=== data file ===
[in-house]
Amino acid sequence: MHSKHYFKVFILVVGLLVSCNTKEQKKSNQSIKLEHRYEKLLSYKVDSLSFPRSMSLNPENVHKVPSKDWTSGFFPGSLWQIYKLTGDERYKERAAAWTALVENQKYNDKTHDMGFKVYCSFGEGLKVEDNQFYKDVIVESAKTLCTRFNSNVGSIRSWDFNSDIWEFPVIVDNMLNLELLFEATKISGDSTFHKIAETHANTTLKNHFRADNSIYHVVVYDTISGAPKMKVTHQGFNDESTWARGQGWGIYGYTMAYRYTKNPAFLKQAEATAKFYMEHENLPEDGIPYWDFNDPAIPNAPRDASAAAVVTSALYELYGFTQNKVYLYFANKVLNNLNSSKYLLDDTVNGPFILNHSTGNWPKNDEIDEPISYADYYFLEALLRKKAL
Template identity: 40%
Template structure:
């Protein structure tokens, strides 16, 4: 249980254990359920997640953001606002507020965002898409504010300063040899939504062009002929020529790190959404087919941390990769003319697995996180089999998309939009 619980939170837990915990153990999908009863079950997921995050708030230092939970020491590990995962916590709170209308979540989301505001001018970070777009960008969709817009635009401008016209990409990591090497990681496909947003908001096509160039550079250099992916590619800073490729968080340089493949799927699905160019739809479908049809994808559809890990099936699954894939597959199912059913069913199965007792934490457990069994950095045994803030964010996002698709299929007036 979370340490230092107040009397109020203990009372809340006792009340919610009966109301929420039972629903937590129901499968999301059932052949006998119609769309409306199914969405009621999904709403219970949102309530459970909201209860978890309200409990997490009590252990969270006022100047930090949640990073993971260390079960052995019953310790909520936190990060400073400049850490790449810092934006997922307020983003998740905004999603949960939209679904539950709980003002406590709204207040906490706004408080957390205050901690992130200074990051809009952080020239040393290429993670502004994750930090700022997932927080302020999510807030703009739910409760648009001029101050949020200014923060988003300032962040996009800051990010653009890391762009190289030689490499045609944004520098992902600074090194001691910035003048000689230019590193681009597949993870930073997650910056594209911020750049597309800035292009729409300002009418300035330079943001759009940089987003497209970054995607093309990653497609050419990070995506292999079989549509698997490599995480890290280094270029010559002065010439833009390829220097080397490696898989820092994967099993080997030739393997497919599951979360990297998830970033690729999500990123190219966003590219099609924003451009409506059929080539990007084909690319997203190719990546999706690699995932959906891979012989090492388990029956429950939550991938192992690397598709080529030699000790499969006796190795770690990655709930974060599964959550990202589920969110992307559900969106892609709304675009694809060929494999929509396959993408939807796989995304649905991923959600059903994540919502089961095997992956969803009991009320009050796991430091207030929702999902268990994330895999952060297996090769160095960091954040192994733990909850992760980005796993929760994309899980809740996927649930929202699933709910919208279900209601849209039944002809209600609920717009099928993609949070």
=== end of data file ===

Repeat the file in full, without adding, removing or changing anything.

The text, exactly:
[in-house]
Amino acid sequence: MHSKHYFKVFILVVGLLVSCNTKEQKKSNQSIKLEHRYEKLLSYKVDSLSFPRSMSLNPENVHKVPSKDWTSGFFPGSLWQIYKLTGDERYKERAAAWTALVENQKYNDKTHDMGFKVYCSFGEGLKVEDNQFYKDVIVESAKTLCTRFNSNVGSIRSWDFNSDIWEFPVIVDNMLNLELLFEATKISGDSTFHKIAETHANTTLKNHFRADNSIYHVVVYDTISGAPKMKVTHQGFNDESTWARGQGWGIYGYTMAYRYTKNPAFLKQAEATAKFYMEHENLPEDGIPYWDFNDPAIPNAPRDASAAAVVTSALYELYGFTQNKVYLYFANKVLNNLNSSKYLLDDTVNGPFILNHSTGNWPKNDEIDEPISYADYYFLEALLRKKAL
Template identity: 40%
Template structure:
């Protein structure tokens, strides 16, 4: 249980254990359920997640953001606002507020965002898409504010300063040899939504062009002929020529790190959404087919941390990769003319697995996180089999998309939009 619980939170837990915990153990999908009863079950997921995050708030230092939970020491590990995962916590709170209308979540989301505001001018970070777009960008969709817009635009401008016209990409990591090497990681496909947003908001096509160039550079250099992916590619800073490729968080340089493949799927699905160019739809479908049809994808559809890990099936699954894939597959199912059913069913199965007792934490457990069994950095045994803030964010996002698709299929007036 979370340490230092107040009397109020203990009372809340006792009340919610009966109301929420039972629903937590129901499968999301059932052949006998119609769309409306199914969405009621999904709403219970949102309530459970909201209860978890309200409990997490009590252990969270006022100047930090949640990073993971260390079960052995019953310790909520936190990060400073400049850490790449810092934006997922307020983003998740905004999603949960939209679904539950709980003002406590709204207040906490706004408080957390205050901690992130200074990051809009952080020239040393290429993670502004994750930090700022997932927080302020999510807030703009739910409760648009001029101050949020200014923060988003300032962040996009800051990010653009890391762009190289030689490499045609944004520098992902600074090194001691910035003048000689230019590193681009597949993870930073997650910056594209911020750049597309800035292009729409300002009418300035330079943001759009940089987003497209970054995607093309990653497609050419990070995506292999079989549509698997490599995480890290280094270029010559002065010439833009390829220097080397490696898989820092994967099993080997030739393997497919599951979360990297998830970033690729999500990123190219966003590219099609924003451009409506059929080539990007084909690319997203190719990546999706690699995932959906891979012989090492388990029956429950939550991938192992690397598709080529030699000790499969006796190795770690990655709930974060599964959550990202589920969110992307559900969106892609709304675009694809060929494999929509396959993408939807796989995304649905991923959600059903994540919502089961095997992956969803009991009320009050796991430091207030929702999902268990994330895999952060297996090769160095960091954040192994733990909850992760980005796993929760994309899980809740996927649930929202699933709910919208279900209601849209039944002809209600609920717009099928993609949070």